July 12, 2006


The World According to Grover: Grover Norquist talks to the Prospect and friends about Iraq, gay marriage, Jack Abramoff, and more. (The Editors, 6 July 2006, The American Prospect)

The challenge for McCain is that he lost in 2000 because he was ten paces off dead-center -- campaign finance reform. He was generally a Reagan Republican except for campaign finance reform, and that was enough to up-end him because the right-to-life people were concerned, the gun people were concerned, the tax people were concerned. I ran two press conferences on campaign finance reform, one in New Hampshire and one in South Carolina, just before those primaries. He was running around telling people I spent $12 million to kneecap him in South Carolina. I held a press conference. But it had the effect of unsettling the base of the movement. People said he’s not with us on this stuff. So his challenge is, having been 10 paces off, he’s now switched his positions on taxes, on guns, on judges, on Kyoto, and he’s got to run as the guy who flip-flopped on central issues...
And the other challenge he has, and George Will wrote about this, he can’t give the right-to-life people the judges they need, and they figured it out. Because his No. 1 goal in life is to chisel off Keating 5 from his tombstone and spray-paint on campaign finance reform. There are no judges in America who look at the Constitution and say it’s flexible enough for campaign finance reform but not flexible enough for Roe v. Wade, OK? Judges will either say campaign finance reform is unconstitutional and Roe v. Wade is bad law, or campaign finance law is OK and Roe v. Wade is OK, too. So he’s got a number of challenges on that one.

Grover is right on here. Campaign Finance Reform destroyed McCain as a Republican contender because it strikes at the very heart of the movement. Everything but that is forgivable.

Posted by Pepys at July 12, 2006 12:09 AM

Yes. For the 5% of Americans for whom Campaign Finance Reform was THE litmus test of the day, fully 2.5% of them will never forgive McCain for it. The other 2.5% wouldn't have voted for him in the first place.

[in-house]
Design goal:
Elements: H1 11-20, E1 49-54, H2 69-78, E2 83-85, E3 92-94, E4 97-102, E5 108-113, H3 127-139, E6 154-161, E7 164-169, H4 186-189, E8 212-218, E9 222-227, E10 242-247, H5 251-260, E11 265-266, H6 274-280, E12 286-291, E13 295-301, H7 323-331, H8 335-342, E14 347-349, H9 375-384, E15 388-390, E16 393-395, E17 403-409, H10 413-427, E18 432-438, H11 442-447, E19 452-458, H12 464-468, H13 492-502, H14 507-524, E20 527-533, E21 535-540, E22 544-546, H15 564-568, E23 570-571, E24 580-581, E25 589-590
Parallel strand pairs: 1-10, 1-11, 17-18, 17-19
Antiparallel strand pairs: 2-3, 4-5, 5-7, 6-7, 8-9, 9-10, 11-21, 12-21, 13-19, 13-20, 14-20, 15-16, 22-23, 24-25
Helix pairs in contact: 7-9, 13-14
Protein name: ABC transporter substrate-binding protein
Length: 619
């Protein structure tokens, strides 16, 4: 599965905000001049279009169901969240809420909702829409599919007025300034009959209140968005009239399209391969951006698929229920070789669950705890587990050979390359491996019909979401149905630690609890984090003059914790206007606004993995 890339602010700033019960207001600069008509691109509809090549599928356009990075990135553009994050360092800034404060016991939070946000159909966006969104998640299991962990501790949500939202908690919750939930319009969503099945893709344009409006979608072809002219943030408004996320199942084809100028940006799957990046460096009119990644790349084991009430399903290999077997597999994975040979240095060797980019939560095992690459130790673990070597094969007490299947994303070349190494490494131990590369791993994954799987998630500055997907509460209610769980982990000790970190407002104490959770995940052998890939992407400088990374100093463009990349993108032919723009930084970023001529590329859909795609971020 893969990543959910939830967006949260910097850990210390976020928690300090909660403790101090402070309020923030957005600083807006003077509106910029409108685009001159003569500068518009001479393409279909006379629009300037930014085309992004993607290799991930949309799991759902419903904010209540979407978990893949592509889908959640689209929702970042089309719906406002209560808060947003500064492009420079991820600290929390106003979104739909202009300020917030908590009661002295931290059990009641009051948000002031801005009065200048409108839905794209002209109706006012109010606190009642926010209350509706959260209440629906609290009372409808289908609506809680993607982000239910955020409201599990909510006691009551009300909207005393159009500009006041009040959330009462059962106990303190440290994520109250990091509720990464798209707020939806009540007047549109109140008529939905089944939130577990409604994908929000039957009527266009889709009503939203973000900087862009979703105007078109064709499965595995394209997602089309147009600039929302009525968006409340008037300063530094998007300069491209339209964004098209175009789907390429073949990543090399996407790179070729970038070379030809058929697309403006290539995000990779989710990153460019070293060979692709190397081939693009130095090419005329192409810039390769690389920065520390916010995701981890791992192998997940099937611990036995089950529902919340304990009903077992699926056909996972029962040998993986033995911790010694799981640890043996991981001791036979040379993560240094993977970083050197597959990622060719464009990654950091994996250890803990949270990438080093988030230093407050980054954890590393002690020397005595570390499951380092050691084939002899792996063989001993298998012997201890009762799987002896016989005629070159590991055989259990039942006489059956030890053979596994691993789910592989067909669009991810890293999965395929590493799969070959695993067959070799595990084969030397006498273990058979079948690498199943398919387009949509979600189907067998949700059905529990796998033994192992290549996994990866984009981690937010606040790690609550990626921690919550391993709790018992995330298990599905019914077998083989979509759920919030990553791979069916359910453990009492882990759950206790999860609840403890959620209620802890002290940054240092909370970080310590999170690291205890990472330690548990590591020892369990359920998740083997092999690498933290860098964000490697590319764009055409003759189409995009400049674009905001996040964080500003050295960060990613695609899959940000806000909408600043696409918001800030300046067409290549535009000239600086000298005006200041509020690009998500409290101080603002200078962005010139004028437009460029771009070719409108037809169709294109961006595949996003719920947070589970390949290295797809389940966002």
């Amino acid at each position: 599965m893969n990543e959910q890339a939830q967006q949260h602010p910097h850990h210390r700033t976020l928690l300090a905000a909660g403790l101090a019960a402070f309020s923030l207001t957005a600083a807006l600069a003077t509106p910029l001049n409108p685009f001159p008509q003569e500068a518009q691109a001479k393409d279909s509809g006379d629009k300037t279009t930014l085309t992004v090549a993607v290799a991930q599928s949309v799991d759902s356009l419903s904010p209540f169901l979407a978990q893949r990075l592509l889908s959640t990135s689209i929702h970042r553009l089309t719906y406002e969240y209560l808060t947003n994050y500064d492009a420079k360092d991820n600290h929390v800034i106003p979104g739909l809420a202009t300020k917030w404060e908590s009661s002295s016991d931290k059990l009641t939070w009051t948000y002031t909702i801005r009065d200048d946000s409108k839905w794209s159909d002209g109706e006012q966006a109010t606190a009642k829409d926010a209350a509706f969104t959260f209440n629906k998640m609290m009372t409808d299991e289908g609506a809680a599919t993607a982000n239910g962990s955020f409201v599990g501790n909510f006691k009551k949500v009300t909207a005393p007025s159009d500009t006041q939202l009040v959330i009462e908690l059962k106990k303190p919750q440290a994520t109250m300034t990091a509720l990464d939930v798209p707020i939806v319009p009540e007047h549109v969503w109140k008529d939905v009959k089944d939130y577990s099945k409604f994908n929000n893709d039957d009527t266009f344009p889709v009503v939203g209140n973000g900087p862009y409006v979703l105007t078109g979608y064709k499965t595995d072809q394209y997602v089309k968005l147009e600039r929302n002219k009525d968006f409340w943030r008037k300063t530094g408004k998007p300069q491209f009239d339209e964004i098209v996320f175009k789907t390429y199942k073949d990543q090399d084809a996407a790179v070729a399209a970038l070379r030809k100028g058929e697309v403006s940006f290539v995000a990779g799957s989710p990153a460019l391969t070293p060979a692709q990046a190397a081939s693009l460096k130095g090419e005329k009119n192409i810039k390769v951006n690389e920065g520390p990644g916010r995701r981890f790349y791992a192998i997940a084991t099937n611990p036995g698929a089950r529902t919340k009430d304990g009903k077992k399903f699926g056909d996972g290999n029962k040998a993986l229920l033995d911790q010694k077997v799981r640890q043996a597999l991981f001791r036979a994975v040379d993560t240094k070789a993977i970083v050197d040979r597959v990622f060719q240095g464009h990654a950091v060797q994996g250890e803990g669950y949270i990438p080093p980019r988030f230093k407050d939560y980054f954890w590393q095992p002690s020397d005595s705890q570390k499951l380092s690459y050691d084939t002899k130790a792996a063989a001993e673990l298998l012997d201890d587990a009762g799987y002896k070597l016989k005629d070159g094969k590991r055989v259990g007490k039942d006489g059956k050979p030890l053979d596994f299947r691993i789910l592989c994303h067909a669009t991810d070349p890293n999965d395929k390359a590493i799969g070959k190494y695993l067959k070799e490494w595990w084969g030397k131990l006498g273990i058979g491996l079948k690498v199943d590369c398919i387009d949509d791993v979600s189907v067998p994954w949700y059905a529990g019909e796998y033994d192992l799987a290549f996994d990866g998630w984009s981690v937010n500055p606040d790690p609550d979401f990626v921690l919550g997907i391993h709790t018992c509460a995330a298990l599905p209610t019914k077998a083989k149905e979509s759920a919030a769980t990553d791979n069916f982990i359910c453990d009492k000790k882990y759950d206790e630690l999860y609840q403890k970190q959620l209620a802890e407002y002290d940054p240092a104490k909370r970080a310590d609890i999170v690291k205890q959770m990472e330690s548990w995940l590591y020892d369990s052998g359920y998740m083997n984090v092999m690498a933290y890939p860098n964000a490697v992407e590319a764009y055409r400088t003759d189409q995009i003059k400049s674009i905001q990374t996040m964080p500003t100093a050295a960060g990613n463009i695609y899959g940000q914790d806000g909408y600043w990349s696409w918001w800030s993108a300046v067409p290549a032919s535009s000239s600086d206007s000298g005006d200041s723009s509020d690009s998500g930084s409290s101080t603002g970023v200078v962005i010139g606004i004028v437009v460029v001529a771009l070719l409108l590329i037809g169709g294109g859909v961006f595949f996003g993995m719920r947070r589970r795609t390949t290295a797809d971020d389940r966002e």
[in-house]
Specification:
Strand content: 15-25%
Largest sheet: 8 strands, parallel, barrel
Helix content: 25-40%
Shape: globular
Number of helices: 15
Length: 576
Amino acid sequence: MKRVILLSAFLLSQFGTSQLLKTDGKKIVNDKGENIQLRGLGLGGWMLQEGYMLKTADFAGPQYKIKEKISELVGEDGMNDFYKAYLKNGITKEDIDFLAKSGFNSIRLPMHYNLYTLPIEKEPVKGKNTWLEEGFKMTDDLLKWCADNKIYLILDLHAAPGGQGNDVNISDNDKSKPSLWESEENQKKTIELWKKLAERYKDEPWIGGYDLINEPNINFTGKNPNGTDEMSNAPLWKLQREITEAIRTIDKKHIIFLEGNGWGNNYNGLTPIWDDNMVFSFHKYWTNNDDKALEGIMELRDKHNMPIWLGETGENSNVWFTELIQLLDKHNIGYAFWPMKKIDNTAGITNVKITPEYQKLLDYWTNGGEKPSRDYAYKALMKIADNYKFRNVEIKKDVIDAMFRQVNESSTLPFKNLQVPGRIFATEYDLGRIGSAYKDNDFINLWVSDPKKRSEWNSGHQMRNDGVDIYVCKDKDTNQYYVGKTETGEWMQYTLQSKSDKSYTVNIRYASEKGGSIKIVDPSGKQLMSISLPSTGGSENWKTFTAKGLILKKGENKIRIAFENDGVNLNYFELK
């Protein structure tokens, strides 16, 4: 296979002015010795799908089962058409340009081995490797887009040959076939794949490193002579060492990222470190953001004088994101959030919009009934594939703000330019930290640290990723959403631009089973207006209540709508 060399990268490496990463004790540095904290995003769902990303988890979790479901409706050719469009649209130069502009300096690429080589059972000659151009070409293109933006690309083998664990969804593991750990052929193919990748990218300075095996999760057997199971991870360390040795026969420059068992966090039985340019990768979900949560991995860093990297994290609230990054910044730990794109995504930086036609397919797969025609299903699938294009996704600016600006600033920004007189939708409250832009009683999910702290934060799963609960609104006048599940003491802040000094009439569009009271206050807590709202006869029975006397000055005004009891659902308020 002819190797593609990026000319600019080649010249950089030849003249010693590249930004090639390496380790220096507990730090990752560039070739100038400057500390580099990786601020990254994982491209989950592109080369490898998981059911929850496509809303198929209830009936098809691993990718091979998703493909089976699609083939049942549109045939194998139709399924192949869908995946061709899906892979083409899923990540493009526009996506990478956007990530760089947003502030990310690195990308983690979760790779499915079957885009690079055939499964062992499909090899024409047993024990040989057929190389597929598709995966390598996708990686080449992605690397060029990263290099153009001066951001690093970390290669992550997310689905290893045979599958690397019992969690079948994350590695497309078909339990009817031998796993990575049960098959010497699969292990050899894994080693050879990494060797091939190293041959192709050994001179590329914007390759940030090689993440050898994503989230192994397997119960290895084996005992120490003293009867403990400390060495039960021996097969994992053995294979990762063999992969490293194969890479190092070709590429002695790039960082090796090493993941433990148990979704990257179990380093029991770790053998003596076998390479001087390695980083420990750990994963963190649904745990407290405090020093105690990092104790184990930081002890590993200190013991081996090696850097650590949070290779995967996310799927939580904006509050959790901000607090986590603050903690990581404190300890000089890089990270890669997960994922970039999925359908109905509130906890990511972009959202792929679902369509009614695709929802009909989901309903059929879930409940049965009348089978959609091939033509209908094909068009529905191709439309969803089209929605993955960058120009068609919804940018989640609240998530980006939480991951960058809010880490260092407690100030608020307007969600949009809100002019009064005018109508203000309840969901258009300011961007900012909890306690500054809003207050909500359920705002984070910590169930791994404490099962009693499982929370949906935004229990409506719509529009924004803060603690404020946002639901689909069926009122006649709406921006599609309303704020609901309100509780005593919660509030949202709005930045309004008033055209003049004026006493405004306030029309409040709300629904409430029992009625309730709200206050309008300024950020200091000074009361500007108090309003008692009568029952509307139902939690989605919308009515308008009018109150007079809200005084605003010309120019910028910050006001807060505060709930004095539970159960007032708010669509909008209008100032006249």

Me? I've got a war on terrorism to fight, and a few other structural reforms to make permanent. Everything else is just window dressing.

Posted by: HT at July 12, 2006 1:12 AM

HT: I think more that 5% of conservatives were concerned about CFR. There are other candidates who would be strong in the WoT and structural reform who do not have McCain's baggage.

Posted by: jd watson [TypeKey Profile Page] at July 12, 2006 5:21 AM

Republicans favor CFR which is why W campaigned on it and signed it.

Posted by: oj at July 12, 2006 8:03 AM

I bet it's 80% of conservatives who were/are against CFR. I am a Republican and we do *not* favor CFR. Where do you get that, oj?

Posted by: Kay in CA at July 12, 2006 8:56 AM

One has to distinguish between the run-of-the-mill voter, who doesn't really think about things like the 1st Amendment (too "philosophical", doncha know), and the Republican with a few brain cells to rub together.

OJ is right in that the former outnumber the latter (in both parties).

Bush's signing of CFR was a blunder, and it's time we started to realize that Rove is just another smart guy who makes mistakes (just like the rest of us).

Bush wouldn't have lost one seat in the house or senate, and wouldn't engender as much suspicion from the "yahoos" had he just vetoed the bill.

He campaigned against it, and should have killed it. Rove was wrong.

Posted by: Bruno at July 12, 2006 9:48 AM